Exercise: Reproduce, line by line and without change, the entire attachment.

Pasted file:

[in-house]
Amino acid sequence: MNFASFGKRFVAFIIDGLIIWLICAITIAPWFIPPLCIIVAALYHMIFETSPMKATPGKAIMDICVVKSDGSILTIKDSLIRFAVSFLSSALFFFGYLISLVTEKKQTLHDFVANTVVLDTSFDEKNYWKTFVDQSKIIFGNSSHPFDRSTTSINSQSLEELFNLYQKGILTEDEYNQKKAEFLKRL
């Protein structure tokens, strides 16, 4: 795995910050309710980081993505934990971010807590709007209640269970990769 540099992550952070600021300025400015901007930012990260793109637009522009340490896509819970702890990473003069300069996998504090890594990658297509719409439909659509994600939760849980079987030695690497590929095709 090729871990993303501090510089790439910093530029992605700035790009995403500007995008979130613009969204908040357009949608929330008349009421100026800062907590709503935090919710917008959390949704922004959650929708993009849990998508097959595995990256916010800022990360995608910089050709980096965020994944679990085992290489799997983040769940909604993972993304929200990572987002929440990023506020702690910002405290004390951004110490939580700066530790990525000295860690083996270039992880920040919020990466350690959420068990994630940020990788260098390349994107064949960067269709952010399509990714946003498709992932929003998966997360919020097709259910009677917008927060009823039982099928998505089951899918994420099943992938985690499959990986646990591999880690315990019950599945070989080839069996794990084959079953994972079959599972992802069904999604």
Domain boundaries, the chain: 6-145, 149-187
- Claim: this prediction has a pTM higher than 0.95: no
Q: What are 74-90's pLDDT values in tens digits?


[in-house]
Amino acid sequence: MNFASFGKRFVAFIIDGLIIWLICAITIAPWFIPPLCIIVAALYHMIFETSPMKATPGKAIMDICVVKSDGSILTIKDSLIRFAVSFLSSALFFFGYLISLVTEKKQTLHDFVANTVVLDTSFDEKNYWKTFVDQSKIIFGNSSHPFDRSTTSINSQSLEELFNLYQKGILTEDEYNQKKAEFLKRL
């Protein structure tokens, strides 16, 4: 795995910050309710980081993505934990971010807590709007209640269970990769 540099992550952070600021300025400015901007930012990260793109637009522009340490896509819970702890990473003069300069996998504090890594990658297509719409439909659509994600939760849980079987030695690497590929095709 090729871990993303501090510089790439910093530029992605700035790009995403500007995008979130613009969204908040357009949608929330008349009421100026800062907590709503935090919710917008959390949704922004959650929708993009849990998508097959595995990256916010800022990360995608910089050709980096965020994944679990085992290489799997983040769940909604993972993304929200990572987002929440990023506020702690910002405290004390951004110490939580700066530790990525000295860690083996270039992880920040919020990466350690959420068990994630940020990788260098390349994107064949960067269709952010399509990714946003498709992932929003998966997360919020097709259910009677917008927060009823039982099928998505089951899918994420099943992938985690499959990986646990591999880690315990019950599945070989080839069996794990084959079953994972079959599972992802069904999604």
Domain boundaries, the chain: 6-145, 149-187
- Claim: this prediction has a pTM higher than 0.95: no
Q: What are 74-90's pLDDT values in tens digits?